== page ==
“We have cringed as the ADL positions itself locally as a champion of racial profiling legislation while sending US police – including former St. Louis County Police Chief Tim Fitch – to train on population control in Israel, an apartheid police state with more than 60 years of sophisticated expertise in racial profiling, mass incarceration, settler colonialism, and ethnic cleansing targeting the non-Jewish indigenous Palestinian people,” STL-JVP added.

The group takes to task mainstream Jewish organizations in St. Louis including the ADL, the Jewish Community Relations Council and the Jewish Federation whose leaders “speak the language of justice” but “are overtly racist toward Palestinians.”

“Zionism – itself a form of white supremacy that oppresses Palestinians, Jews of color, and other marginalized groups – has no place in any antiracist movement,” STL-JVP states.

The statement concludes by imploring “St. Louis Jewish leaders and organizations, especially those who have been active in Ferguson, to stop playing both sides – chanting ‘Black Lives Matter’ in the streets while working closely with racist Jewish organizations.”

Meanwhile, STL-JVP is organizing a protest outside the ADL’s police celebration and has invited broad participation.

ADL stands by police

Despite the criticism, Karen Aroesty, ADL regional director in St. Louis, is refusing to cancel the event.

“We are validating a 10-year partnership that is not simply about the St. Louis Metropolitan Police Department, but about more than 50 other departments in the region who have participated in this program in the last decade,” Aroesty told this reporter by telephone. 

While she acknowledged bias exists in policing, Aroesty said she believes the ADL’s event is warranted and that activists who are upset by police violence need to engage more.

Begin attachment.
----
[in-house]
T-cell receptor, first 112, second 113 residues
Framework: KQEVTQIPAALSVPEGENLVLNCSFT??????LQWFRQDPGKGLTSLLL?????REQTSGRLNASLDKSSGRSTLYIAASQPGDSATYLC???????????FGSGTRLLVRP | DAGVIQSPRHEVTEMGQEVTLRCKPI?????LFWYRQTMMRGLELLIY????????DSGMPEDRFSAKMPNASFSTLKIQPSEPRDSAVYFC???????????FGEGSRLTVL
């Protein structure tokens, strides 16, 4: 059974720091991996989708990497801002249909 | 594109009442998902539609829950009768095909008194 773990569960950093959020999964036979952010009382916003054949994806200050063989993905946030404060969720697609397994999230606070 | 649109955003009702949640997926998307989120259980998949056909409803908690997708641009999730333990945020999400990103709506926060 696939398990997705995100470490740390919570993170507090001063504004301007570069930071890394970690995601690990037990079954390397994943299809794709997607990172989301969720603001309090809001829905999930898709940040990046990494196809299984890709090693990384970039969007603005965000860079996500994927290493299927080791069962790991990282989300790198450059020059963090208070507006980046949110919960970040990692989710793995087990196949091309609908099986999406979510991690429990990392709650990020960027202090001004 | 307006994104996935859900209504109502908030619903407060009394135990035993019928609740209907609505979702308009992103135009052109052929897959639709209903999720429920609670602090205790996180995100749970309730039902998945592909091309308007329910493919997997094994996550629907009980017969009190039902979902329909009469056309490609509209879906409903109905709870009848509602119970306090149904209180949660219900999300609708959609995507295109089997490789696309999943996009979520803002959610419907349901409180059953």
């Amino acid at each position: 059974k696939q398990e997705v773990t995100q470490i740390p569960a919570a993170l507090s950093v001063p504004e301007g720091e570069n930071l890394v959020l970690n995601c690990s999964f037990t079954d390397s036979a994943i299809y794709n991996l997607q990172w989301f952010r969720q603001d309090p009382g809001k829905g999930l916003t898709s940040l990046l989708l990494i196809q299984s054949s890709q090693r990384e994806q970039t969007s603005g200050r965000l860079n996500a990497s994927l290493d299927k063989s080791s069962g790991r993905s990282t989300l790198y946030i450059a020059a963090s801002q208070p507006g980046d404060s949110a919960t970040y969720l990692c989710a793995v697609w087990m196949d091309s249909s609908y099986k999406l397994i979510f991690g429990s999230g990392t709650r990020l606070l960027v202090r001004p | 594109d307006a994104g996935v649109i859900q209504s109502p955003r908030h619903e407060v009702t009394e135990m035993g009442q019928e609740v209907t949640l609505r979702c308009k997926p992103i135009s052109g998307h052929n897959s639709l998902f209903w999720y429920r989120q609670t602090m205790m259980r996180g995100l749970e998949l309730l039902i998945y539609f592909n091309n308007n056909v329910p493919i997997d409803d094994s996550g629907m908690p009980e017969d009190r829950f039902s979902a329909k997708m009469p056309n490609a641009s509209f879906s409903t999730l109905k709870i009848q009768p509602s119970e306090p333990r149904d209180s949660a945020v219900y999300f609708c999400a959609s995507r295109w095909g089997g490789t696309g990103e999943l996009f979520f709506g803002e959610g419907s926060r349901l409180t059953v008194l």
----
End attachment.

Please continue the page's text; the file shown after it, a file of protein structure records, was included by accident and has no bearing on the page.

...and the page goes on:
“Those folks who are impacted by policing, they also need to understand that they have value in that learning process and simply being angry is not going to get the job done,” Aroesty said. “And I do think there are police departments that are kind of frustrated because they feel as if it’s all being put on them to change drastically but there’s certain things that they cannot change.”

When it was suggested that police are not being held accountable for killing citizens across the country, Aroesty said it is police who are being shot in the streets.

“I wonder what happens to our trust in democracy when people feel that they can just indiscriminately shoot police officers,” she said. “What does it do to the community’s sense of stability?” Aroesty asked, referencing the ambush shooting of an officer in St. Louis on 14 July, for which she implied the community bore responsibility.

There’s no doubt that police face threats on the job, but the statistics do not compare to the often racially charged police violence against citizens they are supposedly tasked with protecting.

Of the 67 US police officers that have died “in the line of duty” so far this year, 22 were killed by gunfire or assault, according to the Officer Down Memorial Page. The rest died from previous illnesses, car crashes, heart attacks or various accidents.

In the same time period, police have killed more than 630 people – nearly ten times as many – with more than 80 deaths in July alone.

And while those who harm police officers are likely to be arrested, charged and convicted, police officers who kill are almost never held accountable.